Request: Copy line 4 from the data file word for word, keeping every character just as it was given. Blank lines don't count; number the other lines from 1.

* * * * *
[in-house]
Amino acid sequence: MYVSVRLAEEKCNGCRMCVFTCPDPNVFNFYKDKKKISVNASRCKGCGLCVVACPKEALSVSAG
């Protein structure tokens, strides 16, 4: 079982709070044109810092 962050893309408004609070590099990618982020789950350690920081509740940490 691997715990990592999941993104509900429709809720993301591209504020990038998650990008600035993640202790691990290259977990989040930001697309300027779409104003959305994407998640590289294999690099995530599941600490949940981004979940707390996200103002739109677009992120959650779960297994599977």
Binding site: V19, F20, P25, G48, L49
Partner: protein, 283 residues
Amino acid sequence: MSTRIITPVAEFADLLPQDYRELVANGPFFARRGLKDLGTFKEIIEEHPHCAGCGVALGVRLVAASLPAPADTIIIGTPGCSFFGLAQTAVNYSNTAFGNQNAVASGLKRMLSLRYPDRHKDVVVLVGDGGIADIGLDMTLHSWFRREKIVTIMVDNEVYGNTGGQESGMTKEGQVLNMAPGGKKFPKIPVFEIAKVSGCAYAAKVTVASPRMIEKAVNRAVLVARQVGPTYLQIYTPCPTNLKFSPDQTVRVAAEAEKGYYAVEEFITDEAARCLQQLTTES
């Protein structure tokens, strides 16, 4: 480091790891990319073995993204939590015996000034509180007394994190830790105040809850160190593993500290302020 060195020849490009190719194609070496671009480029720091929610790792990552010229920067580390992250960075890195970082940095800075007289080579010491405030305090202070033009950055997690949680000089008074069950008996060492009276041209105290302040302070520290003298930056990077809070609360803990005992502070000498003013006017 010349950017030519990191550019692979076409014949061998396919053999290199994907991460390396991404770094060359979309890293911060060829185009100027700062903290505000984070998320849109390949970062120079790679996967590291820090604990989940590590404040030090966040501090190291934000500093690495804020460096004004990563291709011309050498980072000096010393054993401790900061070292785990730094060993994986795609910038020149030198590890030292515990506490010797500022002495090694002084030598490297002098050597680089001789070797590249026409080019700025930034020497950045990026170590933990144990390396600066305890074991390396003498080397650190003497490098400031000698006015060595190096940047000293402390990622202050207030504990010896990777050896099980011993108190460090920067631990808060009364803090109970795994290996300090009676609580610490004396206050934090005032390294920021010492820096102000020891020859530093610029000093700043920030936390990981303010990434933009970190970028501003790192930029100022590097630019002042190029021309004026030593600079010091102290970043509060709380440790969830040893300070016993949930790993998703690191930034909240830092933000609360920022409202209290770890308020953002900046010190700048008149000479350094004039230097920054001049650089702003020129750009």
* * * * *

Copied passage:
Binding site: V19, F20, P25, G48, L49